Naming Your Dog or Cat
The science and fun of choosing a name for your next pet.
Dog and Cat Name Science continued...
“We know that giving a short, choppy command in an up-tone of voice is something that encourages motor activity [movement], whereas long, slow, soothing tones generally do not,” Pachel says.
People taking part in competitive dog sports often prefer short, one-syllable names. Others lean toward two-syllable names, with the first syllable as an introduction to the second, giving pets more warning that you want their attention. Some find great glee in creating long, unusual pet names such as Ginko Cornelius (one of my dog's names) or Beauregard Thibodaux.
From a pet-training perspective, Pachel says that the longer the time interval between when the name sounds begin and the delivery of the reward (food, play), the more repetitions it will take a pet to recognize its name. “It doesn’t mean they cannot or won’t make the connection to longer names,” he says, “but they’ll have to learn the whole name as one command. Shorter is much more direct, much more precise.”
Alexandra Horowitz, PhD, author of Inside of a Dog: What Dogs See, Smell, and Know, recommends picking names with some flexibility for both playful and serious uses, as the need arises. Often, two or more syllables provide for more vocal variations. She also suggests distinctive names that don’t sound like other words the pet often hears in daily life.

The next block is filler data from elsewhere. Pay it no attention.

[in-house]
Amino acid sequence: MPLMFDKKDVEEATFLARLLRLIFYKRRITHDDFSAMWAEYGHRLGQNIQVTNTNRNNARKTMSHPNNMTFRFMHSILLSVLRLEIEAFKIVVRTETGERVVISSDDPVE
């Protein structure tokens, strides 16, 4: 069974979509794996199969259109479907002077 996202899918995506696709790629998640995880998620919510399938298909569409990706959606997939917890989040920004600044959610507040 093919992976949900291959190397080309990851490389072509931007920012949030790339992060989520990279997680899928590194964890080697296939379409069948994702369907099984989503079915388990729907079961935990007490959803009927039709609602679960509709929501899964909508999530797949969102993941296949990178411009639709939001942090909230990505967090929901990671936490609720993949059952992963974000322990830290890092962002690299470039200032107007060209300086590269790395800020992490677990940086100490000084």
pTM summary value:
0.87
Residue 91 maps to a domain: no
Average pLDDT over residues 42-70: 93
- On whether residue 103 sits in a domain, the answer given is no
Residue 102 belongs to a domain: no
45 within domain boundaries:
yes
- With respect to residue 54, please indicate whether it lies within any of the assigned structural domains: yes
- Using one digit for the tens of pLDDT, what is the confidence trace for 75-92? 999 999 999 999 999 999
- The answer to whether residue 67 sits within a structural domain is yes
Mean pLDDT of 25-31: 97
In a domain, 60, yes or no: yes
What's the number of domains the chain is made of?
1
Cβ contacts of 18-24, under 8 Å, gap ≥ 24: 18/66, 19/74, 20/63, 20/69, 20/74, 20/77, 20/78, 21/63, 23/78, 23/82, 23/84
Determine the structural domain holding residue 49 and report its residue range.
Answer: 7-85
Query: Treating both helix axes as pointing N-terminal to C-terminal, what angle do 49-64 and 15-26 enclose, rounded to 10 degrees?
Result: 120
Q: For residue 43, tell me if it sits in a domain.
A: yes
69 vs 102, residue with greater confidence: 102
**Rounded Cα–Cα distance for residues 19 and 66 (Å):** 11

Dog and Cat Names to Avoid
Pachel worries less about the complexity and length of a pet’s name and more about the possible undercurrents behind the name.
For example, it’s much harder for people to say a swear word or word/phrase intended in common usage as an insult in loving way.
Pachel also warns against giving names such as Killer to bigger breeds that other people might find intimidating.
Changing a Pet’s Name
You can change a pet’s name and in certain circumstances it makes sense to do so. Pachel says, “I’ve known dogs whose names have been used, not exclusively, but largely, in a punishment context, so the sound of their name immediately triggers a fearful or avoidant posture."
Ultimately, pet behavior and pet health experts want people to choose dog and cat names that they like and enjoy. After all, it’s a word you’ll be using a lot for many years to come.
“People assume I selected the name Victor for its winning properties, but that’s not it at all. It just made me smile,” Lester says. “What better way to select a name?”